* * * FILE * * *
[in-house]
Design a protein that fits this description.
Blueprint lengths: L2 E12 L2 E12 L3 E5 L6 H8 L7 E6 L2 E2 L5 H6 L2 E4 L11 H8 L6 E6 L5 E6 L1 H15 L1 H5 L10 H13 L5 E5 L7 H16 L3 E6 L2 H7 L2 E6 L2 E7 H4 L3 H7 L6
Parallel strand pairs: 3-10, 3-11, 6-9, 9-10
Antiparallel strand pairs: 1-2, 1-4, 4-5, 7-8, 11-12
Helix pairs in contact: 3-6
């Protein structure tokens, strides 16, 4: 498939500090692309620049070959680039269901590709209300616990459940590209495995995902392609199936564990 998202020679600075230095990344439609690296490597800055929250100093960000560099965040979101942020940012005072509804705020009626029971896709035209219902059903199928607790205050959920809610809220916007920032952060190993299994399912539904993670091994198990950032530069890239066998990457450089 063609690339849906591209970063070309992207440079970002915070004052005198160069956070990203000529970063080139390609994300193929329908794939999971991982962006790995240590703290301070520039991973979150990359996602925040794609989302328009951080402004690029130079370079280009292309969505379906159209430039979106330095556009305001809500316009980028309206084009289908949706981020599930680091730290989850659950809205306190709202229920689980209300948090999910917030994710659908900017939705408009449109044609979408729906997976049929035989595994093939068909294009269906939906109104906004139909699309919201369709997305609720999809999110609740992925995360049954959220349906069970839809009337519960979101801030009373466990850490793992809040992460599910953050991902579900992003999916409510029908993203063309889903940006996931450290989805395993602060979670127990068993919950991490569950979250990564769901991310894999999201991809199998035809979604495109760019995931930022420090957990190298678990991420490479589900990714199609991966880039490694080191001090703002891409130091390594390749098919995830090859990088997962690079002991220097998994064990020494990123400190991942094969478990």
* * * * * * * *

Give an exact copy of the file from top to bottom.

[in-house]
Design a protein that fits this description.
Blueprint lengths: L2 E12 L2 E12 L3 E5 L6 H8 L7 E6 L2 E2 L5 H6 L2 E4 L11 H8 L6 E6 L5 E6 L1 H15 L1 H5 L10 H13 L5 E5 L7 H16 L3 E6 L2 H7 L2 E6 L2 E7 H4 L3 H7 L6
Parallel strand pairs: 3-10, 3-11, 6-9, 9-10
Antiparallel strand pairs: 1-2, 1-4, 4-5, 7-8, 11-12
Helix pairs in contact: 3-6
């Protein structure tokens, strides 16, 4: 498939500090692309620049070959680039269901590709209300616990459940590209495995995902392609199936564990 998202020679600075230095990344439609690296490597800055929250100093960000560099965040979101942020940012005072509804705020009626029971896709035209219902059903199928607790205050959920809610809220916007920032952060190993299994399912539904993670091994198990950032530069890239066998990457450089 063609690339849906591209970063070309992207440079970002915070004052005198160069956070990203000529970063080139390609994300193929329908794939999971991982962006790995240590703290301070520039991973979150990359996602925040794609989302328009951080402004690029130079370079280009292309969505379906159209430039979106330095556009305001809500316009980028309206084009289908949706981020599930680091730290989850659950809205306190709202229920689980209300948090999910917030994710659908900017939705408009449109044609979408729906997976049929035989595994093939068909294009269906939906109104906004139909699309919201369709997305609720999809999110609740992925995360049954959220349906069970839809009337519960979101801030009373466990850490793992809040992460599910953050991902579900992003999916409510029908993203063309889903940006996931450290989805395993602060979670127990068993919950991490569950979250990564769901991310894999999201991809199998035809979604495109760019995931930022420090957990190298678990991420490479589900990714199609991966880039490694080191001090703002891409130091390594390749098919995830090859990088997962690079002991220097998994064990020494990123400190991942094969478990």